Female and male Wolbachia-carrying mosquitoes are seen mating in an enclosure at the newly opened National Environmental Agency (NEA) mosquitoes production facility in Singapore, December 2, 2019. Singapore is exploring the use of Wolbachia-carrying Aedes males to help suppress the Aedes mosquito population in Singapore, for further reduction of the risk of dengue.
Roslan RAHMAN | AFP | Getty Images
From the high balcony of a Singapore public housing block, an environment official steadies his mosquito launcher, the latest contraption authorities have devised to combat a record outbreak of the tropical disease dengue.
With the click of a button and a whirr of a fan, a hatch opens and 150 lab-reared male mosquitoes are sent flying, off in search of a female companion with whom they can mate but not reproduce.
The dengue virus, which in rare cases can be fatal, is carried and spread to humans by infected mosquitoes.
But Singapore’s specially bred mosquitoes carry a bacteria that prevents eggs from hatching, and “compete with the wild type,” leading to “a gradual reduction of the mosquito population,” said Ng Lee Ching, the official heading the Wolbachia project, named after the bacteria.
Some areas with high mosquito populations have seen up to 90% declines using this technique, she added.
Singapore – a tiny Southeast Asian island nation of 5.7 million people – has recorded more than 26,000 dengue cases this year, surpassing the previous annual record of around 22,000 in 2013 with four months still remaining.
Twenty people have died of the disease this year, which can cause extreme fever that leads to internal bleeding and shock. By comparison, only 27 people have died of the coronavirus in the city-state out of more than 56,000 infections.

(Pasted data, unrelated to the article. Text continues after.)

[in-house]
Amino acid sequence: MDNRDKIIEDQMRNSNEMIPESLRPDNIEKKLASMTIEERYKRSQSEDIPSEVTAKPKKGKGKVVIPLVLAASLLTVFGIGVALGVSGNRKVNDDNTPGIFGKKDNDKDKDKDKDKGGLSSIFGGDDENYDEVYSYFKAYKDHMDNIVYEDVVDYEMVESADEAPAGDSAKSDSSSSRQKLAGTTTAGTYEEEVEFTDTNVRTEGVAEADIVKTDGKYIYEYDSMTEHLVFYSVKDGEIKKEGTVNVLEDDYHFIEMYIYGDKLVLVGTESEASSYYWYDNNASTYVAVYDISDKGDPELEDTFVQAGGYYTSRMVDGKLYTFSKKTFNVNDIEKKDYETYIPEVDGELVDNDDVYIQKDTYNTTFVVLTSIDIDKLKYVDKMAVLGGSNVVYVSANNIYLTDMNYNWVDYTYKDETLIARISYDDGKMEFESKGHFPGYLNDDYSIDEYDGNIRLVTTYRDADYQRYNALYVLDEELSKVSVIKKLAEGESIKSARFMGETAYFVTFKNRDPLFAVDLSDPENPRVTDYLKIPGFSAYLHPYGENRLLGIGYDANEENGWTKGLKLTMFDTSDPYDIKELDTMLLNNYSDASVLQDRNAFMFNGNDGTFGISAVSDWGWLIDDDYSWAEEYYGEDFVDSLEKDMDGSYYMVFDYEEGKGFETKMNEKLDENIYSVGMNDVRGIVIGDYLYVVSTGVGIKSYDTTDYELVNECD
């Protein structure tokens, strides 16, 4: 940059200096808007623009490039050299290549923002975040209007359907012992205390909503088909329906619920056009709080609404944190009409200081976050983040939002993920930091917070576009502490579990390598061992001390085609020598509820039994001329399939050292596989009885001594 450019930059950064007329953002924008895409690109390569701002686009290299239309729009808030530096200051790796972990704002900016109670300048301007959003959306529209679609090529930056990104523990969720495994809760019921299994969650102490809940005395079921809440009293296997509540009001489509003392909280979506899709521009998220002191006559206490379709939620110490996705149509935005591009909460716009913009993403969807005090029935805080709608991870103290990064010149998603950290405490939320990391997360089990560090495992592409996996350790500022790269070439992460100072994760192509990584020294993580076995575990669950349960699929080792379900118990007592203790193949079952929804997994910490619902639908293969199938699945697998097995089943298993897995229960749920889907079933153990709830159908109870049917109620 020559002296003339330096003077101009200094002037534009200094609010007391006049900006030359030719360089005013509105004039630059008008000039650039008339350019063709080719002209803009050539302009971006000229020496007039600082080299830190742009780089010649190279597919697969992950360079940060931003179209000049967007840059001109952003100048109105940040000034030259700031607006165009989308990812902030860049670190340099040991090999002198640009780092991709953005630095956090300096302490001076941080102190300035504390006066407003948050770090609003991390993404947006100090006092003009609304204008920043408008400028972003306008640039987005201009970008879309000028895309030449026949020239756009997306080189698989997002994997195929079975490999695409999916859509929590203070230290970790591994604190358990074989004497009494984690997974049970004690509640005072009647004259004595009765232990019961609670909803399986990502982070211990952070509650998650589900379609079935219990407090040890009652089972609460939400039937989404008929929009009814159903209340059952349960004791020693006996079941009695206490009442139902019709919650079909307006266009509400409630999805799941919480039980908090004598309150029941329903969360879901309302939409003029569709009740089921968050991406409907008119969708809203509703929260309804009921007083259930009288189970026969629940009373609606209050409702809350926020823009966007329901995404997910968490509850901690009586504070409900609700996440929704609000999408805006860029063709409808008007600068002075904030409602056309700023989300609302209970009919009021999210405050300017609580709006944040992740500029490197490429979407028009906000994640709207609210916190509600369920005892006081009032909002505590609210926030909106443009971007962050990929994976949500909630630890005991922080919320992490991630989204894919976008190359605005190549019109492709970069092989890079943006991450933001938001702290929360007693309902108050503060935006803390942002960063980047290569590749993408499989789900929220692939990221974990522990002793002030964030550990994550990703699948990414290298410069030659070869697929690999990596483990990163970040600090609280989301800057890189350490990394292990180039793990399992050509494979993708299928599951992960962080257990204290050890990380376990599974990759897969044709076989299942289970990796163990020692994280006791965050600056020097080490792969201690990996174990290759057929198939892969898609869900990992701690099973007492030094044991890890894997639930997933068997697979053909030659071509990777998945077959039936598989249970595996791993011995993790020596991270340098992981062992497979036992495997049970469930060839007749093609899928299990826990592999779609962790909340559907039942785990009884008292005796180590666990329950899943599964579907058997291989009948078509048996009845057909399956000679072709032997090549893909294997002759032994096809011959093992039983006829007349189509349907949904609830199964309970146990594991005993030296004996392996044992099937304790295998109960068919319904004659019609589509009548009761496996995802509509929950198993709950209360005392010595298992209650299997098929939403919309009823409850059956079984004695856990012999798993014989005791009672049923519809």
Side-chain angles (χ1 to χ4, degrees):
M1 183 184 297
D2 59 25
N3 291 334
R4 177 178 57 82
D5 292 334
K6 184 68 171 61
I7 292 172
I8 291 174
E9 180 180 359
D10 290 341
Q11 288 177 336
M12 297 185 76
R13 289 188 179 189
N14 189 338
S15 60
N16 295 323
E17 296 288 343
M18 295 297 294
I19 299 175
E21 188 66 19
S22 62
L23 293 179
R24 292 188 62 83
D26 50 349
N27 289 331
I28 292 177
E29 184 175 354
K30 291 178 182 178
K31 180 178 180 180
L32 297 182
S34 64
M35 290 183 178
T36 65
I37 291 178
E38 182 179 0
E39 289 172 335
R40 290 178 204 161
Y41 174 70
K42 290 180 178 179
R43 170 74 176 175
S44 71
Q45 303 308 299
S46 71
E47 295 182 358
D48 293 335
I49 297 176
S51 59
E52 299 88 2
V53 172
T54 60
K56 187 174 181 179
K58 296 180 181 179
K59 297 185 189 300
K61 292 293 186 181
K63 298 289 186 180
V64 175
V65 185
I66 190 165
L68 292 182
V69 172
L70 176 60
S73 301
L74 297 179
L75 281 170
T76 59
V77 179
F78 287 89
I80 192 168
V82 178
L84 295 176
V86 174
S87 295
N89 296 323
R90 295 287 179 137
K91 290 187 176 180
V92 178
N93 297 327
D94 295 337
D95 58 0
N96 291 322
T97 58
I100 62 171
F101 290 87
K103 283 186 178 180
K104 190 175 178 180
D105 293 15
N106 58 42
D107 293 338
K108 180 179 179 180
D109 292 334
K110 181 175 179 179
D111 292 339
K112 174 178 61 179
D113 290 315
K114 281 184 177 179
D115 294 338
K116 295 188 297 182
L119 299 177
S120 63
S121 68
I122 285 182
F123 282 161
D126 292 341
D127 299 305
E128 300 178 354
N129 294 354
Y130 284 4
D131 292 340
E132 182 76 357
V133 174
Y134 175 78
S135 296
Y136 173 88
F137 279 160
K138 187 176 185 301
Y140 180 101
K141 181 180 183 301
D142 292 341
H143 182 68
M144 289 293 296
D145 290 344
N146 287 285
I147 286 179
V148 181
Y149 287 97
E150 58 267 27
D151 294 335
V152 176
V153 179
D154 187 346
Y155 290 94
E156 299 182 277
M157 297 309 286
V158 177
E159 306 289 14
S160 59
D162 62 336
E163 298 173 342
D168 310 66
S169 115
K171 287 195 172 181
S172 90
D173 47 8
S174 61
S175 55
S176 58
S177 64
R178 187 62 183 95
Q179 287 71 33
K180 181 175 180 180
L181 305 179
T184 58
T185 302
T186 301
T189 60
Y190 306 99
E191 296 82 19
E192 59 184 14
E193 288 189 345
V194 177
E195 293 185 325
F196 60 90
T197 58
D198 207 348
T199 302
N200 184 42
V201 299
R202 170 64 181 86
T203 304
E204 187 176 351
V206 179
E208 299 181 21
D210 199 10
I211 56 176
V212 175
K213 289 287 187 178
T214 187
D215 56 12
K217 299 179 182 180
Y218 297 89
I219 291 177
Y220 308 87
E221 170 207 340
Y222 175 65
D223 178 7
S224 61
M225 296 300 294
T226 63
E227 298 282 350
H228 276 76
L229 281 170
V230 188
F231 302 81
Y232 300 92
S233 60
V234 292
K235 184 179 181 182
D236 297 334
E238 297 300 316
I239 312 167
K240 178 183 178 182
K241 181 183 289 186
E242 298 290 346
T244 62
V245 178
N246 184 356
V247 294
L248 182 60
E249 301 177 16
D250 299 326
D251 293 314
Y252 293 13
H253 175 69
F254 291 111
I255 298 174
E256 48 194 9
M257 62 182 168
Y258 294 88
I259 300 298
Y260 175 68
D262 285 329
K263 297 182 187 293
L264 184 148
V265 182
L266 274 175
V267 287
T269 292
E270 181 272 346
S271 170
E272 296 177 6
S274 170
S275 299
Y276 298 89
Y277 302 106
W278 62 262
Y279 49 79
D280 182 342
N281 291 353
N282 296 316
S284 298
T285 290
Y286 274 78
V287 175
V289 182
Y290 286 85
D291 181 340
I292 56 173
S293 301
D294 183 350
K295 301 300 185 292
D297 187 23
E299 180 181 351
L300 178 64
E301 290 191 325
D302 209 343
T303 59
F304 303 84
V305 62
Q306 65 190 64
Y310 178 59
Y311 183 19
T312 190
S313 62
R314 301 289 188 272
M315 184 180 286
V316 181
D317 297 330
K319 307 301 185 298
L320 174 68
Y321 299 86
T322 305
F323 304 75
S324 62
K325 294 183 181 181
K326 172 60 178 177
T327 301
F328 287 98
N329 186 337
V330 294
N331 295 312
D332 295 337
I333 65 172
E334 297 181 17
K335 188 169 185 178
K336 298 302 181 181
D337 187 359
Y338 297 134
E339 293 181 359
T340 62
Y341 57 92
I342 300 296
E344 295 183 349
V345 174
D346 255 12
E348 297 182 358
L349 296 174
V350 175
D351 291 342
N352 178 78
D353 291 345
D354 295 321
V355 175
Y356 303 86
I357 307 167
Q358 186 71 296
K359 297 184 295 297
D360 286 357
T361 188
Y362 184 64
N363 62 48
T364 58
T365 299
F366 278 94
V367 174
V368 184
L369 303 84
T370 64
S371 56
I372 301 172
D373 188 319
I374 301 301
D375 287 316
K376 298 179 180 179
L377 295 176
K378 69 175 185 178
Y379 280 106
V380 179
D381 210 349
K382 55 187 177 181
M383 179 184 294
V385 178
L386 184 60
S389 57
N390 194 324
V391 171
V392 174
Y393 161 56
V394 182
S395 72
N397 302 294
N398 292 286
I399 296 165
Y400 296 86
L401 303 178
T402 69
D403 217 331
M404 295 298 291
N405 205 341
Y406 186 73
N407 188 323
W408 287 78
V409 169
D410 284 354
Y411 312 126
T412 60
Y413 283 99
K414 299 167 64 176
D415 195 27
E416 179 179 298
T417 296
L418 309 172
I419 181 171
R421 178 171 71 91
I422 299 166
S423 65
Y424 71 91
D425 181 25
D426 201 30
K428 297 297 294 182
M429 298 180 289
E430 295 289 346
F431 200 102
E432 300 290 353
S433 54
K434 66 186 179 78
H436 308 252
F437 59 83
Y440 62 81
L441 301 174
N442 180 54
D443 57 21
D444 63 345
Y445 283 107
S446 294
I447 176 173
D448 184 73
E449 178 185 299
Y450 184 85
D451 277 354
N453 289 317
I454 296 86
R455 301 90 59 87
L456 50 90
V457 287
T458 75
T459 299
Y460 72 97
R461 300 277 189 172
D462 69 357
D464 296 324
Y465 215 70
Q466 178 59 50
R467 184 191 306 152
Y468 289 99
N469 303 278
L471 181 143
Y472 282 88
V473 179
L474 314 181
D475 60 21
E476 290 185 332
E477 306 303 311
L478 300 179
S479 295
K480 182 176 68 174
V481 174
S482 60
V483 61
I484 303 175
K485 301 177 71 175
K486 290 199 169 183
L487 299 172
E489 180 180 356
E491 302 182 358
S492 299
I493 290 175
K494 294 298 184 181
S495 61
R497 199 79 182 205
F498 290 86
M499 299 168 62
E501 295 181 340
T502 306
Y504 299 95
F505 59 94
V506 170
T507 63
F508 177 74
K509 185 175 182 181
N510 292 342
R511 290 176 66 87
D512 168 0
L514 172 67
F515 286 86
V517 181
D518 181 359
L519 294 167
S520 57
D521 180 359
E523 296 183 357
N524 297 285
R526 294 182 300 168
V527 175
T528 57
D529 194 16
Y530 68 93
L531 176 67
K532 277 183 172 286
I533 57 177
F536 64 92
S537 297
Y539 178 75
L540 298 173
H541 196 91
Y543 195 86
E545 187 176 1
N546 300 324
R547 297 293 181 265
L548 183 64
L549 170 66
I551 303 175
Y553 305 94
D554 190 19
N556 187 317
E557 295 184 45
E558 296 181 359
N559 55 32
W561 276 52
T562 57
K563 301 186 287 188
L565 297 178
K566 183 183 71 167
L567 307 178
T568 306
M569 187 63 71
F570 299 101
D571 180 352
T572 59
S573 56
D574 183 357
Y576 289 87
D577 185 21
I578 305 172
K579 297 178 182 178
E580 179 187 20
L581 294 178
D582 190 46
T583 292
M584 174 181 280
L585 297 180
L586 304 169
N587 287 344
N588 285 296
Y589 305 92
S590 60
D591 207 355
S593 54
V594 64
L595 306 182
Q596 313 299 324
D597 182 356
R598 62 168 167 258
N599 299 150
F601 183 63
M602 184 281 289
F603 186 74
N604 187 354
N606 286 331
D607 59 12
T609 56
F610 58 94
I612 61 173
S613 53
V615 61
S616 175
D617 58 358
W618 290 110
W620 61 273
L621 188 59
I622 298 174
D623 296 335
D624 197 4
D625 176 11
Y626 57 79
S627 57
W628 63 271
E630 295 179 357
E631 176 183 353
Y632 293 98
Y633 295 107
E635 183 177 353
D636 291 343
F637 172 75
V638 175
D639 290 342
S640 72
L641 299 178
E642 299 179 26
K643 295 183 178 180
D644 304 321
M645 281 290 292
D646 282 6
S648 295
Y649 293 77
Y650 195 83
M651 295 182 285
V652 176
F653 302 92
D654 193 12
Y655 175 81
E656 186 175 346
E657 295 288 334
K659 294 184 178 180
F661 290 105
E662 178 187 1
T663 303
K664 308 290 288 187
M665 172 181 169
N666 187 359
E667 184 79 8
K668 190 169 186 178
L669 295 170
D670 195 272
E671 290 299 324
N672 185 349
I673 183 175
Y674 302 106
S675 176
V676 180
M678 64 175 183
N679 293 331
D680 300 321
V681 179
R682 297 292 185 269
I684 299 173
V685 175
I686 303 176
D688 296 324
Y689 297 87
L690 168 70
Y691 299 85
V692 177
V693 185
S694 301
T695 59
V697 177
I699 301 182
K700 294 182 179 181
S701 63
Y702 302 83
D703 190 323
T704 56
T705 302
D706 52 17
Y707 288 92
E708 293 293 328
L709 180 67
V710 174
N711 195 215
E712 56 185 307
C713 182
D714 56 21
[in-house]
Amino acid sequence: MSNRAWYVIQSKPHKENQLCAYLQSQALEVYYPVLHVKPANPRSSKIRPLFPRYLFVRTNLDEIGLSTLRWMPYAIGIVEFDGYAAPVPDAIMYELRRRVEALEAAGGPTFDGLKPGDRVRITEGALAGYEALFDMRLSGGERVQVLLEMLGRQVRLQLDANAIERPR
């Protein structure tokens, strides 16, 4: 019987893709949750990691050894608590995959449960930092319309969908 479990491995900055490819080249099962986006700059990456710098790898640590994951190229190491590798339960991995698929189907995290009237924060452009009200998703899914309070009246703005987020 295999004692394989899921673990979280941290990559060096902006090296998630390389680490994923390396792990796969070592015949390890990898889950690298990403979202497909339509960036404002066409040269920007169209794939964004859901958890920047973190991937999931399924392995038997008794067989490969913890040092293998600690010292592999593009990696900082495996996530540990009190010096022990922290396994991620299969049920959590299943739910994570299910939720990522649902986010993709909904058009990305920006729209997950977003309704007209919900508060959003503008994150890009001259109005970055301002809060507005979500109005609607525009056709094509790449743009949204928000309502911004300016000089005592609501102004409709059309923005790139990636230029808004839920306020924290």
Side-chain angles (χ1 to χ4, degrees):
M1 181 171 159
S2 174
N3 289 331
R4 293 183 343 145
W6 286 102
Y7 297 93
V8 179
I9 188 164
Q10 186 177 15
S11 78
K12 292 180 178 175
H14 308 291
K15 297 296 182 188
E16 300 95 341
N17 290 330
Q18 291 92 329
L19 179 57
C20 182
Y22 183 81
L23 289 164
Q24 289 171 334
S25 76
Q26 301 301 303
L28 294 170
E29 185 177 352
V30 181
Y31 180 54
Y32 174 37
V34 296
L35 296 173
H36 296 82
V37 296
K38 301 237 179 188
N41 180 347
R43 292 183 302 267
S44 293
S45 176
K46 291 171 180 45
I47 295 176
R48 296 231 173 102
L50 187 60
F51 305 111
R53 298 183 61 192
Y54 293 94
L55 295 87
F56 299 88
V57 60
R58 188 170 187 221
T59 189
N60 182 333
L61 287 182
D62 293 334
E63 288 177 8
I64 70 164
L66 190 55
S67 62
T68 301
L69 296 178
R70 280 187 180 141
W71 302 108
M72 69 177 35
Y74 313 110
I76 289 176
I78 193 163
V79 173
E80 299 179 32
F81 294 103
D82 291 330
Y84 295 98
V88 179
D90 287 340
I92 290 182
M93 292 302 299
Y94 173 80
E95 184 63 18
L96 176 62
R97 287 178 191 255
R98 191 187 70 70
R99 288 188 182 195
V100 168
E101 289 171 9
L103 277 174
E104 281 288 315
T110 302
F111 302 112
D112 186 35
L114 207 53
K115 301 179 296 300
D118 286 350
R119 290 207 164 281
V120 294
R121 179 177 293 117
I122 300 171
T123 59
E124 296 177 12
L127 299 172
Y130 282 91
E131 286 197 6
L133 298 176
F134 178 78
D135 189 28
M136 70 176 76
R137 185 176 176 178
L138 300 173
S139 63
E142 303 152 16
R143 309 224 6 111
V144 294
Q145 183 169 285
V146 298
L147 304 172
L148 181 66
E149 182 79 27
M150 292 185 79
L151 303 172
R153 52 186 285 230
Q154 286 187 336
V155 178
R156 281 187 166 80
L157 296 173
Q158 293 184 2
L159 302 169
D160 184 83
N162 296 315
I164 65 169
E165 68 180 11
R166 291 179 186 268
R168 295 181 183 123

A new strain of the disease, combined with unseasonably wet weather and coronavirus lockdowns that left construction sites and other mosquito breeding grounds undisturbed, are all seen as factors behind the dengue outbreak.
That has put the onus on traditional deterrents like fogging, fining people for flouting anti-mosquito regulations like leaving plant pots full of stagnant water, and deploying novel techniques such as the Wolbachia project.
In government laboratories, scientists breed the bacteria-carrying mosquitoes in rows of pallets – separating the male pupae for release in the worst-hit dengue areas.
Wolbachia mosquitoes can’t transmit diseases such as dengue, and only female mosquitoes bite humans.
When male Wolbachia mosquitoes mate with females that don’t carry the bacteria, none of the resultant eggs will hatch.
The strategy has been successful in Australia but some experts say it might have its limits in dense urban areas such as Singapore.
“You’ve got to flood the island with these mosquitoes, and people get annoyed,” said Paul Tambyah, senior consultant at Singapore’s National University Hospital.
“They’re not going to grab the mosquito and examine and see whether it’s a male or female. They’re going to swipe them away, and that kind of defeats the purpose,” he said.